Oh my gracious. I owe more than a few of you return emails and actual pen to paper thank you notes and letters, but meanwhile, I want to tell you about my day. Do you remember that nightmare I had about leaving a child on the bus? Something all too similar happened on our 94 today in real life.
Today is dark and wet. A greyness hangs over the city, making everything clouded over, fuzzy, a bit lost. Oxford Street was jammed. Tourists, shoppers, workers, strollers, brollies, rain. Our bus crowded, too.
So I didn't take much notice of the two women with children getting on ahead of Baby Sister and me as we made our way home. People shuffled to their seats and these two Italian tourists were sorting their fares, a buggy, packages, handbags, coats, umbrellas, small hands. We pulled away from the stop when they started talking very frantically to each other in rapid-fire, gesticulating Italian. Panicked searching and tense conversation ensued. Trying to alert the driver, looking upstairs, and in every seat on the bus. Something precious was clearly, desperately missing. Everyone was in high alert and maybe even more, wishing we could speak their language.
It soon became obvious the young mother was missing a child.
It became sickeningly silent for a moment. The driver hadn't understand the chaos, the bus rounded yet another corner and we cruised to the next stop. Clutching Baby Sister on my hip, I hopped off with the crying mother who was pushing a woefully empty stroller back the way we'd come. Hopped off so quickly that a kind passenger got off with us and handed me Baby Sister's school bag (I'd left it on our seat in my rush to comfort this mother!). I was a link in a chain of helping hands.
The mom, who turns out does speak English, was grateful for the company and confused about where we were now. Which way back? Where to go? This way, I encouraged, reaching out to her.
As we raced the agonizing blocks near where she'd last seen her girl, she recounted that the two women had been juggling children back and forth all morning. She confessed that she couldn't be sure if her daughter was in a shop or at the bus stop when they'd been all together last. And that her girl didn't speak English.
I tried to keep her chatting as we sped up more but I could see devastation and fear building in her eyes and her heart beginning to break. I assured her that corner of London is filled with lots of kind people and that I was quite sure her girl was fine. But I blessed myself in prayer when she wasn't looking. What I was thinking is how truly dicey that area can be, how there I steel myself against the daytime drunks, the vagrants, people who are disordered, those up to no good. I prayed while I was thinking of a girl gone missing from outside her rural home in minutes last week.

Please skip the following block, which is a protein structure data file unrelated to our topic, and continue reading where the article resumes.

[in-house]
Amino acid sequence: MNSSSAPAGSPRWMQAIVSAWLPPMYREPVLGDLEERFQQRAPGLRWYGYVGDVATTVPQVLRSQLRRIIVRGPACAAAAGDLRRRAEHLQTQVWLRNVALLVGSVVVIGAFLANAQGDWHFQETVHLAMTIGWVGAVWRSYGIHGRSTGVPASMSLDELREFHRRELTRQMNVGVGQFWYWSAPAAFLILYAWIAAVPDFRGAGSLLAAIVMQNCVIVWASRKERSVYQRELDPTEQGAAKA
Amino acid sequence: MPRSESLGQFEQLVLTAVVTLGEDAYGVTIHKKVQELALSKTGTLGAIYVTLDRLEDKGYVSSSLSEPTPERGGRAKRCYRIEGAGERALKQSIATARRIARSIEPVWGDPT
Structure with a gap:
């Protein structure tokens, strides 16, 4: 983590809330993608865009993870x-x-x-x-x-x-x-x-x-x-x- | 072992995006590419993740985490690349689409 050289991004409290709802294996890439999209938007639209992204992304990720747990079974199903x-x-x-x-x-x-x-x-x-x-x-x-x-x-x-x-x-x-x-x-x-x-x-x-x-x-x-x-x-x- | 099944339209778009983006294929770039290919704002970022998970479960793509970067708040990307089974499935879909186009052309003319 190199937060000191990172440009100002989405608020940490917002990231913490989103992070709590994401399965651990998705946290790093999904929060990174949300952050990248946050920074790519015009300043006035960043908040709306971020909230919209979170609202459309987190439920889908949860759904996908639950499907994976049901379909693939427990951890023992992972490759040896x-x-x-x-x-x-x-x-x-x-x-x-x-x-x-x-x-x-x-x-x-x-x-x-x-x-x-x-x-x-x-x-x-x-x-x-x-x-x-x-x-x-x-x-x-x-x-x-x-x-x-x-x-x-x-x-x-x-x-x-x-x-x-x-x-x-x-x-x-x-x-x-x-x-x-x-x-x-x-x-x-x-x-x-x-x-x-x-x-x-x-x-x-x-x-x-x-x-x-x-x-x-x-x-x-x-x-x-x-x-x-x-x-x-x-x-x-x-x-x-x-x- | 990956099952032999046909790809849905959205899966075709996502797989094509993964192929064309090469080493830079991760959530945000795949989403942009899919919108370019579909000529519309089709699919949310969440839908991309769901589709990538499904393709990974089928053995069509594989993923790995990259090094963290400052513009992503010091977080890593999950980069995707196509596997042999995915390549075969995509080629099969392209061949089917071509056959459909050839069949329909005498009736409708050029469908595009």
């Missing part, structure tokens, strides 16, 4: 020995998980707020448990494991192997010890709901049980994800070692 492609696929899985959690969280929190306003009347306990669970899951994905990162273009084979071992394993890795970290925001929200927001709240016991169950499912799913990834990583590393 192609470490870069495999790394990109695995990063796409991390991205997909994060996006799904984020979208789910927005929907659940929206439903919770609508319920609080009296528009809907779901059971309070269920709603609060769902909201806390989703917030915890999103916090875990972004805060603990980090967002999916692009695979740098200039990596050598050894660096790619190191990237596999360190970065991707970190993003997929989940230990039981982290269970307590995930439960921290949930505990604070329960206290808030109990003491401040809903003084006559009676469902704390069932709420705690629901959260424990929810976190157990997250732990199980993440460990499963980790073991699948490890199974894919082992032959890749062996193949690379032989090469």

As we finally got to Oxford Street, I tried to catch every shop employee's eye knowing that if they were looking for a mother missing a girl they'd be right out front. Everyone seemed oblivious to the emergency. Scanning the block ahead for the tiny red coat she was to be wearing, I saw nothing but crowds of grey. No one seemed little today. Just hulking, threatening, big.
And then there she sat. Tiny. Alone and terribly wide eyed. Her mother raced to her and held her too hard.
There but for the grace of God go I. There we all go, right?
Here's hoping, though that if any of us are ever taken to that edge of fear that we won't go alone, that we'll have some company. I feel sure that's why despite not getting through my long list of seemingly important "to dos" this morning and thinking how woefully behind I would be all afternoon, I changed from our normal routine today when I got Baby Sister from school.
We were meant to be there. Not to find someone, but to hold the searcher's hand, to hug her tight.
I don't think it was an accident that I'd set aside my priorities and treated Baby Sister to a snack on our way home. Then not wanting to wait in the rain, we took a different bus and got off at another stop to connect to ours. There we missed the first bus, and got onto the second one that came. The very one missing one precious girl. No fewer than 5 twists and turns in our normal routine that brought us there. And then.
All's well that ends well. Keep your school bags close and your smalls closer. I know I'm going to.